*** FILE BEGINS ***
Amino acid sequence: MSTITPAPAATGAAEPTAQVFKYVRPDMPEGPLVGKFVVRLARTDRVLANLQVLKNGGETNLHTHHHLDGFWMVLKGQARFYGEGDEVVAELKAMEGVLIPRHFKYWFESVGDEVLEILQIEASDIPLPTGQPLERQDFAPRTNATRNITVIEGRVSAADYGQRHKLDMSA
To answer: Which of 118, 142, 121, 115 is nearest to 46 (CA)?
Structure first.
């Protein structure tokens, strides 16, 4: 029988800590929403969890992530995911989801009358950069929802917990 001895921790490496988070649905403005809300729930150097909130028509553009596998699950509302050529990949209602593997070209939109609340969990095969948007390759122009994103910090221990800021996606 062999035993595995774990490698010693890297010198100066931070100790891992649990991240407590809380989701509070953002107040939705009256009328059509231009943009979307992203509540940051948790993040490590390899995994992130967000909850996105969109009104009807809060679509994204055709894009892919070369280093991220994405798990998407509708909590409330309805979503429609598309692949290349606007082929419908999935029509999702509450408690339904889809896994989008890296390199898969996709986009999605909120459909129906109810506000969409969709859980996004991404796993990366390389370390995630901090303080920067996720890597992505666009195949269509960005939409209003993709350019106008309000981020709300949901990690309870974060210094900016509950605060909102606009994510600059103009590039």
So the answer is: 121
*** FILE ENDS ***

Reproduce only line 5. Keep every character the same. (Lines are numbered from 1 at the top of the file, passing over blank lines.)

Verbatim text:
So the answer is: 121